• Hin Leong hid some $800 million in losses
  • Hin Leong owes some $3.85 billion to 23 banks
  • Singapore is one of the most important commodity trading centers in the world

Police in Singapore have commenced an investigation into the activities of oil trading firm Hin Leong Trading Private Ltd. on reports the firm hid some $800 million in losses over the years.

Hin Leong, one of the largest oil traders in the world, already owes some $3.85 billion to 23 banks, including JPMorgan Chase (JPM) and HSBC Holdings (HSBC), and is seeking protection from its lenders in Singapore court. ( HSBC is burdened with the biggest exposure at about $600 million).

Hin Leong, which was founded in 1963 by Chinese immigrant Lim Oon Kuin (better known as O.K. Lim), admitted in court documents that it hid its losses on Lim’s orders and that it also sold some of the millions of barrels of oil it had pledged as collateral to obtain loans from its banks.

Hin Leong is now seeking a six-month moratorium on its debts. Under Singaporean law, the court filing immediately protects Hin Leong from legal action by creditors for 30 days.

The Monetary Authority of Singapore, the city-state's financial regulator and central bank, is deliberating with Hin Leong's bank creditors.

Hin Leong’s façade began to crumble as crude oil prices started to crater last month. Banks, already unnerved by defaults at other commodity trading firms, got suspicious and began calling in its loans to Hin Leong.

The gap between the company's assets and its liabilities now amounts to $3.34 billion – suggesting banks might only recover 18 cents on the dollar on their loans.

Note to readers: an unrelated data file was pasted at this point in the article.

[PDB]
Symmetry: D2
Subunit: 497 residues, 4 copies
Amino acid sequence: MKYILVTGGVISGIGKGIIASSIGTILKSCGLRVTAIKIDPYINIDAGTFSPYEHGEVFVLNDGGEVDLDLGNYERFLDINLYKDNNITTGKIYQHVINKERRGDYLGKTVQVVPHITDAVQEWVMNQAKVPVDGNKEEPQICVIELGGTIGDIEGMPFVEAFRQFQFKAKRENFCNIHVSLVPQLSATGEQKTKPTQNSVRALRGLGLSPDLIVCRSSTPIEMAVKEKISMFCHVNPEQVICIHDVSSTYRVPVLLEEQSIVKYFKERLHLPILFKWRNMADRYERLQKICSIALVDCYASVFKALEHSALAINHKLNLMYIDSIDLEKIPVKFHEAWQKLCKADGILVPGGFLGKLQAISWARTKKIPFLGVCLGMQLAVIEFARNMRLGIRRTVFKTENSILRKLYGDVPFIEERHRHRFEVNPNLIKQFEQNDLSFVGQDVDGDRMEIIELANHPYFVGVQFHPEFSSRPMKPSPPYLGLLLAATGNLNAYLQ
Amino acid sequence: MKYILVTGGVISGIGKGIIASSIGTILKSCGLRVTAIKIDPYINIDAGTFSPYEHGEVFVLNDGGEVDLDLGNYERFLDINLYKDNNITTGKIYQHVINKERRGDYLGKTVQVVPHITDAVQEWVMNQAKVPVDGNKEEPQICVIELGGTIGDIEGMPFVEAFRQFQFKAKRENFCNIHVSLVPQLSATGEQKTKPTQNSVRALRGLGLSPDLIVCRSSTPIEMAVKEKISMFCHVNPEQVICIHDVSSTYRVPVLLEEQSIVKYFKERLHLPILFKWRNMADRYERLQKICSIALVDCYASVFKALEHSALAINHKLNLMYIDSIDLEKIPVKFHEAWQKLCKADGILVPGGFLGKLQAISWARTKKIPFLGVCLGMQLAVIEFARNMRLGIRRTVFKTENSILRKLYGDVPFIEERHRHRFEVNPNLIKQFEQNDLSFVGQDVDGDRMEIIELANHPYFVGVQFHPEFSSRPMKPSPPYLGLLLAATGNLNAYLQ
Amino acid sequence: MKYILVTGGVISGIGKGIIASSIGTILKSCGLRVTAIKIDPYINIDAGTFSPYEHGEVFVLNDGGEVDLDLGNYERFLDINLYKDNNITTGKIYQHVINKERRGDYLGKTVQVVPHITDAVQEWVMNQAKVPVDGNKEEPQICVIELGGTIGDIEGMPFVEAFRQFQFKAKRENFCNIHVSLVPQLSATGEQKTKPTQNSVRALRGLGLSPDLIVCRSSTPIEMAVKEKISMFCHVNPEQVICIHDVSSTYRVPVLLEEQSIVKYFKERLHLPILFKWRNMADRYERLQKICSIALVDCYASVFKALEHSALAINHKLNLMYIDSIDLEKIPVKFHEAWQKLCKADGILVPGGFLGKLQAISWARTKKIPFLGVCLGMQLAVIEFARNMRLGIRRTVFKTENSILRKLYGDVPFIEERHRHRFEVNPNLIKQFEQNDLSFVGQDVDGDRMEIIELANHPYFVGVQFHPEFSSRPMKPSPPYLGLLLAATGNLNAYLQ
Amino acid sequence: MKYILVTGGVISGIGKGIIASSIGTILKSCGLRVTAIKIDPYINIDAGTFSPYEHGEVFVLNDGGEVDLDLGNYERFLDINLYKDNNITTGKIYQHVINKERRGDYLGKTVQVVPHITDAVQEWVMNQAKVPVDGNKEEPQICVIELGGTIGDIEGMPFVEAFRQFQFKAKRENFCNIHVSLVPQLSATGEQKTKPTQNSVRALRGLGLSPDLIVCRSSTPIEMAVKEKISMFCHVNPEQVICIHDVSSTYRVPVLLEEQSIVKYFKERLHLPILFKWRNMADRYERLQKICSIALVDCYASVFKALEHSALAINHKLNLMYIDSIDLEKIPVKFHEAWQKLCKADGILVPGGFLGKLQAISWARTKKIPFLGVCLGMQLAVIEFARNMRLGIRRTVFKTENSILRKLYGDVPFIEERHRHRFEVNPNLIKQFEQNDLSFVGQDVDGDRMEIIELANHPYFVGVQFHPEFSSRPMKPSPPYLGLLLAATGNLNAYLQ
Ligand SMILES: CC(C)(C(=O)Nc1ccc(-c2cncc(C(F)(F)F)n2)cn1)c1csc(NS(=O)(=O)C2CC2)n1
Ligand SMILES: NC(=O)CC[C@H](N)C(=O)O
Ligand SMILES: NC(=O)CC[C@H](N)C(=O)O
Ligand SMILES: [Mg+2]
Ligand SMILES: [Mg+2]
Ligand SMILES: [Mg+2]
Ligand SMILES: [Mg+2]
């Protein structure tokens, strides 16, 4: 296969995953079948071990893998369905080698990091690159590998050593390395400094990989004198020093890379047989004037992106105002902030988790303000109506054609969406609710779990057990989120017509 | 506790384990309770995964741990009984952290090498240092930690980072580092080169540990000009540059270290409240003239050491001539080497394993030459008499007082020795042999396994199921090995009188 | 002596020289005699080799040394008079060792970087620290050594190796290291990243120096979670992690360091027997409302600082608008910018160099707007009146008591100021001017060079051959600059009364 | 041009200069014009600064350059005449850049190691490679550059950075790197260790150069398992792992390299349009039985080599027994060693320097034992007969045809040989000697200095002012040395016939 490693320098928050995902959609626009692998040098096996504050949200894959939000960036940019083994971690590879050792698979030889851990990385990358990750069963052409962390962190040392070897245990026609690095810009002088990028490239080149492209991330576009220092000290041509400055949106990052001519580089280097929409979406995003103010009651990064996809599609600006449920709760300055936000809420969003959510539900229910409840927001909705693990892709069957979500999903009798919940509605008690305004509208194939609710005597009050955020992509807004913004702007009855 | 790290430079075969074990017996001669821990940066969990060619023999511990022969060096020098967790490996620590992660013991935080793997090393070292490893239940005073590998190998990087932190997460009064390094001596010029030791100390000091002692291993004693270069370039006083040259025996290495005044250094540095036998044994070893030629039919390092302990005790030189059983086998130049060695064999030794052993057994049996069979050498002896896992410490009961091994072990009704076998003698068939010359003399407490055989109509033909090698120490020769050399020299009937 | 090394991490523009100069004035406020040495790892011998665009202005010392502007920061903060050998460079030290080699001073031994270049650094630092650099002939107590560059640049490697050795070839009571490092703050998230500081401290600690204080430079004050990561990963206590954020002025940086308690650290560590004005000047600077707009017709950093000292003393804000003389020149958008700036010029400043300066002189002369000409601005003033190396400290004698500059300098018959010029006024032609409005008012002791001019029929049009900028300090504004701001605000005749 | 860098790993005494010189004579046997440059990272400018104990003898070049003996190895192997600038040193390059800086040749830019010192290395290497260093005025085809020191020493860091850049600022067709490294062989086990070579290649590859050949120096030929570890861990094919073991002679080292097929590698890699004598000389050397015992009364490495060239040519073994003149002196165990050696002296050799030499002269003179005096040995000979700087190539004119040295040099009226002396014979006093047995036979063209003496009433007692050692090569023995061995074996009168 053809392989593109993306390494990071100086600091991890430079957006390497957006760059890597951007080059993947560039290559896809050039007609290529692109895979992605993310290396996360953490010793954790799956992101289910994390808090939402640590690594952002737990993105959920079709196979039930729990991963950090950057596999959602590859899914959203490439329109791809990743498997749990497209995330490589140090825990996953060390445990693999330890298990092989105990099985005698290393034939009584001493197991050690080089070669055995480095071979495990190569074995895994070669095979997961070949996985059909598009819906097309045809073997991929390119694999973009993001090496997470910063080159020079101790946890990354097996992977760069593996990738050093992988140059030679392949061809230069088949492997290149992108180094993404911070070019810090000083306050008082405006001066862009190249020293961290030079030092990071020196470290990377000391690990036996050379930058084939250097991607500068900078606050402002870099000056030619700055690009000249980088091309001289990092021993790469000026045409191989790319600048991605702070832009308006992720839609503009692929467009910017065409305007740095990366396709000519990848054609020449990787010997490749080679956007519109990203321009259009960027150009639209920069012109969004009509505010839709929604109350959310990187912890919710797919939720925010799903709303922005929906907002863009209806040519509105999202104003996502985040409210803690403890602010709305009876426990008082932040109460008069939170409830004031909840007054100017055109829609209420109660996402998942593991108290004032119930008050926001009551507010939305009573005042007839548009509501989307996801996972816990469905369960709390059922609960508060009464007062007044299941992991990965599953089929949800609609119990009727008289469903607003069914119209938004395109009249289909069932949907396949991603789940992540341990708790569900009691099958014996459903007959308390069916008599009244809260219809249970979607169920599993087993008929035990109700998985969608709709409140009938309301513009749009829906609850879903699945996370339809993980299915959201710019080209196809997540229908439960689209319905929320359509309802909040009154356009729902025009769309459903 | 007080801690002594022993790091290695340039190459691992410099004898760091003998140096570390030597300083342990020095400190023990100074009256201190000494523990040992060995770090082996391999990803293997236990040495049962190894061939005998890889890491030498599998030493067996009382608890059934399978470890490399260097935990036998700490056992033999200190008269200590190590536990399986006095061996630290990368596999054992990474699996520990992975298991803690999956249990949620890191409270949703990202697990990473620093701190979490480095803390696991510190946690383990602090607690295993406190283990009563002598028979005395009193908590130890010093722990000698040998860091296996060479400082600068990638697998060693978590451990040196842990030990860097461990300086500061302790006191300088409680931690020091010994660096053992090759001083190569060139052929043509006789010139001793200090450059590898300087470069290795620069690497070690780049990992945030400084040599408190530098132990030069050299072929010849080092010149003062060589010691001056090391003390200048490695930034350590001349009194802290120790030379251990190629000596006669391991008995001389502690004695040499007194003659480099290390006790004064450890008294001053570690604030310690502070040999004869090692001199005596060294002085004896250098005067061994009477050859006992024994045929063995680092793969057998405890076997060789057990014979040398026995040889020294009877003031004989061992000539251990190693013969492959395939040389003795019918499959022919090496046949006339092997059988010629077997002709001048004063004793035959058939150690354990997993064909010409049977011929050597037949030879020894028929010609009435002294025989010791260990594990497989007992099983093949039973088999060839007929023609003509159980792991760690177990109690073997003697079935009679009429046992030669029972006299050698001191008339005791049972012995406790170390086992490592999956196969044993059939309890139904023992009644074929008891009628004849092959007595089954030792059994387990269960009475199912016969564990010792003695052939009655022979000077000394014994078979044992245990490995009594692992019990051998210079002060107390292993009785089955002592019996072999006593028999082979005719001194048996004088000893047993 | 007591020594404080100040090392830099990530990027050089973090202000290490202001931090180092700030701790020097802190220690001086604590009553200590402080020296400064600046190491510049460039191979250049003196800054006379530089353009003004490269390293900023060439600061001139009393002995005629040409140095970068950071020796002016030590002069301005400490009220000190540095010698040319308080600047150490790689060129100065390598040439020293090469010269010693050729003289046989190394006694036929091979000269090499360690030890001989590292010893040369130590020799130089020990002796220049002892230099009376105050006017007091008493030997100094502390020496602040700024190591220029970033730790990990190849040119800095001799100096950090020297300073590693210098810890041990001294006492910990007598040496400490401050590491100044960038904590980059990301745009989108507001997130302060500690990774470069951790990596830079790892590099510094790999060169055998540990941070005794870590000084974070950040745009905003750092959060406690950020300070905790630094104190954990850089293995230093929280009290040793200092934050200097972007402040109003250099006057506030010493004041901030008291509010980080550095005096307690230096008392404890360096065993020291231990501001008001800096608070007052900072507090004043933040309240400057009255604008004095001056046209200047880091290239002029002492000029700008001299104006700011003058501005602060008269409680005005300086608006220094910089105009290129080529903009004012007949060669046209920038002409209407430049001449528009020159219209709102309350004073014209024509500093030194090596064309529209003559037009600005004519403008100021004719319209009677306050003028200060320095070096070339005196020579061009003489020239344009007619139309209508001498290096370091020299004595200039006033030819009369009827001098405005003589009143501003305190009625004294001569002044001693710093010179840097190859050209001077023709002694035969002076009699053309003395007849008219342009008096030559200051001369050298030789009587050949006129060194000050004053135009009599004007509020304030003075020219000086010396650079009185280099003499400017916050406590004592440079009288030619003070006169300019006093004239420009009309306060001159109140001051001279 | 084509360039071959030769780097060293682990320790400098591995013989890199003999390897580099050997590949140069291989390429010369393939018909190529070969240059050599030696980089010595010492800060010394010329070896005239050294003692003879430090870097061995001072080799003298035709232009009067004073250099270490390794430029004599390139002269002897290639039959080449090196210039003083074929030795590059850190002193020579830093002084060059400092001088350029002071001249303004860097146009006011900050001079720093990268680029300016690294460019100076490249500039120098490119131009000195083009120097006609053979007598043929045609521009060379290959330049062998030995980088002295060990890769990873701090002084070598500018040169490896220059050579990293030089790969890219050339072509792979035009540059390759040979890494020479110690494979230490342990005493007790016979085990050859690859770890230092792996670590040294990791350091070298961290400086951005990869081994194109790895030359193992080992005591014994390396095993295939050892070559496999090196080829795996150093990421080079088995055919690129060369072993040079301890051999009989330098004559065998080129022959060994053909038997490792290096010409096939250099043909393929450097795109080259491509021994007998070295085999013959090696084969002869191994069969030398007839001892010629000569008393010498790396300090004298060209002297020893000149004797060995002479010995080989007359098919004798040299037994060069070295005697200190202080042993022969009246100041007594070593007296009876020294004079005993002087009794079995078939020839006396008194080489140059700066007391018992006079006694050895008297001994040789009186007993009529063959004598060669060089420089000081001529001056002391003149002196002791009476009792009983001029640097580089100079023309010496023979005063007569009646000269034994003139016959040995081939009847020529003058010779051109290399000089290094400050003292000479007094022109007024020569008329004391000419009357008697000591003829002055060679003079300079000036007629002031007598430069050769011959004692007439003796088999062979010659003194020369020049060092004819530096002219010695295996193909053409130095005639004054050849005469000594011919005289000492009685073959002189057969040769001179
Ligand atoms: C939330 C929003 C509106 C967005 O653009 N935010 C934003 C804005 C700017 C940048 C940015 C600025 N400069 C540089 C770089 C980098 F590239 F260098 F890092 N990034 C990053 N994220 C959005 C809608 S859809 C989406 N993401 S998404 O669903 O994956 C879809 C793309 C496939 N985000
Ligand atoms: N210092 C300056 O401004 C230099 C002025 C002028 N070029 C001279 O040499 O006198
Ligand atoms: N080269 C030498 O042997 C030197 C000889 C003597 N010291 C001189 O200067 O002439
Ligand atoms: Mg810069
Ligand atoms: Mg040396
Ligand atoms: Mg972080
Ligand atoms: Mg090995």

Long notorious for his company’s secretive practices, Lim finally came clean.

"I had given instructions to the finance department to prepare the accounts without showing the losses and told them that I would be responsible if anything went wrong," Lim said in a court affidavit.

While Hin Leong's financial statements claimed a profit of $78 million in fiscal 2019, "in truth,” Lim confessed, the company "has not been making profits in the last few years.”

However, Lim did not explain why his firm had been incurring losses long before the current oil price crash.

Singapore, along with Geneva, London and Houston, is one of the most important commodity trading centers in the world, where billions are bet almost daily. Singapore itself is the world's largest hub for shipping fuel.

"Hin Leong is a company that likes risk," said Jorge Montepeque, a marketing executive who knows Lim. "But this time the risk became too big."

Hin Leong took advantage of Singapore’s geographic location among global shipping lanes and his access to China.

"Hin Leong was instrumental in helping the growth of Singapore as an oil hub and bunkering [supplying fuel to ships] location," said Jean-Francois Lambert, a commodity industry consultant.

But not even Hin Leong could have anticipated the catastrophic collapse in world oil prices this year – even worse, the company wasn’t not hedged against the price plunge. Indeed, Lim wrongly bet that China would quickly control the coronavirus spread and regain control of its economy, thereby pushing up oil demand and prices.

Hin Leong had bet big in the past, and sometimes lost big – but nothing to the extent witnessed in 2020.

In 1994, Lim’s son Evan told Bloomberg: "On one occasion we agreed to buy 800,000 barrels for delivery with a five-day pricing window. We got burned badly because the seller was in the market pushing prices up." (Evan Lim claimed in his recent own affidavit that he did not know of his father's actions or why the firm incurred such losses.)

Some associates believe the elder Lim will somehow find his way out of this disaster.

"A man of his mindset and character, I doubt whether he would sit and bury his head in the sand," said Robson Lee, a Singapore-based partner at the law firm of Gibson, Dunn & Crutcher LLP. "He will try to navigate his way out."

In fact, Lim told his creditors that he has already entered into talks with a Chinese firm to save his company.